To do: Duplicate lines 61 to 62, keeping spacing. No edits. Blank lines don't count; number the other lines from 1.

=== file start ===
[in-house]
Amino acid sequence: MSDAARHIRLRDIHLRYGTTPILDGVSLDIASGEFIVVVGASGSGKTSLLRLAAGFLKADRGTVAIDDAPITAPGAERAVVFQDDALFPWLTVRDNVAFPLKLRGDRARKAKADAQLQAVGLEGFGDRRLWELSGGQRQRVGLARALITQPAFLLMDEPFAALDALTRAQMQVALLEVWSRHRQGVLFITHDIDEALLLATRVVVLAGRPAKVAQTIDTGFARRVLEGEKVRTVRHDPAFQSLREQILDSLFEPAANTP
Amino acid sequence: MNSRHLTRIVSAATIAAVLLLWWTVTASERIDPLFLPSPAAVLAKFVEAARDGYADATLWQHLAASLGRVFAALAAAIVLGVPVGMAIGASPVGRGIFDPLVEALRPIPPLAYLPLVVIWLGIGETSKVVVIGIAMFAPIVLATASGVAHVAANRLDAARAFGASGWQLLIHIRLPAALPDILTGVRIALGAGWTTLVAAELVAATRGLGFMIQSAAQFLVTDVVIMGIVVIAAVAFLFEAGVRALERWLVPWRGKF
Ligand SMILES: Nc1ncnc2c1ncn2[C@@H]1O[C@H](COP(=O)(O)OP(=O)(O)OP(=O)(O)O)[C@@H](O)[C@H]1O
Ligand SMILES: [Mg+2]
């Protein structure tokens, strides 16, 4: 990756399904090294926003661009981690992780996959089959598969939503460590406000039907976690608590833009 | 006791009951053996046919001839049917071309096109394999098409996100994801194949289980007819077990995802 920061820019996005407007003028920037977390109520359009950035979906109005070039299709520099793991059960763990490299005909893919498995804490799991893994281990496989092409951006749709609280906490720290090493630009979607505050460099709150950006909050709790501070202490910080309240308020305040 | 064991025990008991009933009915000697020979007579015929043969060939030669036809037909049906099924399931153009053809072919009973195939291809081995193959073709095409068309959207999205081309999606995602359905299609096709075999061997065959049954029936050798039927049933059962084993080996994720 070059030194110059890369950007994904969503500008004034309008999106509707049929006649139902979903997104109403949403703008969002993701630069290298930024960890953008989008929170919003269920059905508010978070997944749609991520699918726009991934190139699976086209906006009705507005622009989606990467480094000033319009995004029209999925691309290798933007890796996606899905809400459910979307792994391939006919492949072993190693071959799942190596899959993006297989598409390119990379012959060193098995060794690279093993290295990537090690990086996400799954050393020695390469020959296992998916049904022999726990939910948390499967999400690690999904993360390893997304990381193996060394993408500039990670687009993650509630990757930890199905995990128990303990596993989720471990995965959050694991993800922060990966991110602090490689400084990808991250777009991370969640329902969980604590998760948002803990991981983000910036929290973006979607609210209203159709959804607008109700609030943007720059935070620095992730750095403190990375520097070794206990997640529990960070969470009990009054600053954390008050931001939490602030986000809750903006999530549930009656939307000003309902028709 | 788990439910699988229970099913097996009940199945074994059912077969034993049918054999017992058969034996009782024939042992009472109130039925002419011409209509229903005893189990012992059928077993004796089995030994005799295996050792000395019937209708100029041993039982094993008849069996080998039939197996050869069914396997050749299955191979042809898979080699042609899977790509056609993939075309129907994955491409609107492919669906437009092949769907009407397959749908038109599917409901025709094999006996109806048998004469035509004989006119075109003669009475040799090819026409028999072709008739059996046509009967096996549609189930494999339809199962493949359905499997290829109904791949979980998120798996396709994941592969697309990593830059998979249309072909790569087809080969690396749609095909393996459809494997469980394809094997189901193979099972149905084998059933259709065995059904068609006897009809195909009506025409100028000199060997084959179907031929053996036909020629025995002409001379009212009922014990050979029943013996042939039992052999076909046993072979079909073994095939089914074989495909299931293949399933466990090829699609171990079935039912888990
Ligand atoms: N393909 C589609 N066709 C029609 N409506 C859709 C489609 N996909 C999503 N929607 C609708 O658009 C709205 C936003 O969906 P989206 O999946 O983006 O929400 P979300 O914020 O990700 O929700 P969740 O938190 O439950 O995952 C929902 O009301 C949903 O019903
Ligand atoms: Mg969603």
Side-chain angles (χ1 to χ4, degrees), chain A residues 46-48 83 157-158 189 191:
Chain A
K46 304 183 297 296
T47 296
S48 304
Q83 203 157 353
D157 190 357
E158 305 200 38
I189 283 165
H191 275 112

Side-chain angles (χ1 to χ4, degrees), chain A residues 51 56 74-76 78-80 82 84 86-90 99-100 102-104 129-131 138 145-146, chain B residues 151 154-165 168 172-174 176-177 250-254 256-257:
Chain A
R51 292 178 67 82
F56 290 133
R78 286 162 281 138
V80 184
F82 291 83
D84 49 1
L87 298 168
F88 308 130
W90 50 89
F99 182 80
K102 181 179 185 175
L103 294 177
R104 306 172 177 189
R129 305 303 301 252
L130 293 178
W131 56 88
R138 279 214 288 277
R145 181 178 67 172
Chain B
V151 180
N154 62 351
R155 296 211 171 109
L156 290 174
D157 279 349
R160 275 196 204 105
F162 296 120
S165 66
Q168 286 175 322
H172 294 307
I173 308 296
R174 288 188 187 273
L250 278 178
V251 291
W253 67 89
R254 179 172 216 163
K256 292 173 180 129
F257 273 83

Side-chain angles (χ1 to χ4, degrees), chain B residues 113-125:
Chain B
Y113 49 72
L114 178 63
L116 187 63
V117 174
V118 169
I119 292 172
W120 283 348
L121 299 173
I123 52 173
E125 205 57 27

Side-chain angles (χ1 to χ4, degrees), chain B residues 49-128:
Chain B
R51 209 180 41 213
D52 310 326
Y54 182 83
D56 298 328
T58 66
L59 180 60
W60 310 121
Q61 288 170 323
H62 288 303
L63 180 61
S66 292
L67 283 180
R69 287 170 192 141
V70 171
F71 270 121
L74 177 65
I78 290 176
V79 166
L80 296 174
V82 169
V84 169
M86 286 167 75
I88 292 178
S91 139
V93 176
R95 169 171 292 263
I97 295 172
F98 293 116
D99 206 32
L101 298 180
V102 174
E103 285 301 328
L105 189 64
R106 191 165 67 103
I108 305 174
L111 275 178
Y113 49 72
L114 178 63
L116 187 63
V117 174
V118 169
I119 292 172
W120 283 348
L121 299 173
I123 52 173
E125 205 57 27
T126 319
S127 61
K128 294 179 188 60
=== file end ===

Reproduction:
L114 178 63
L116 187 63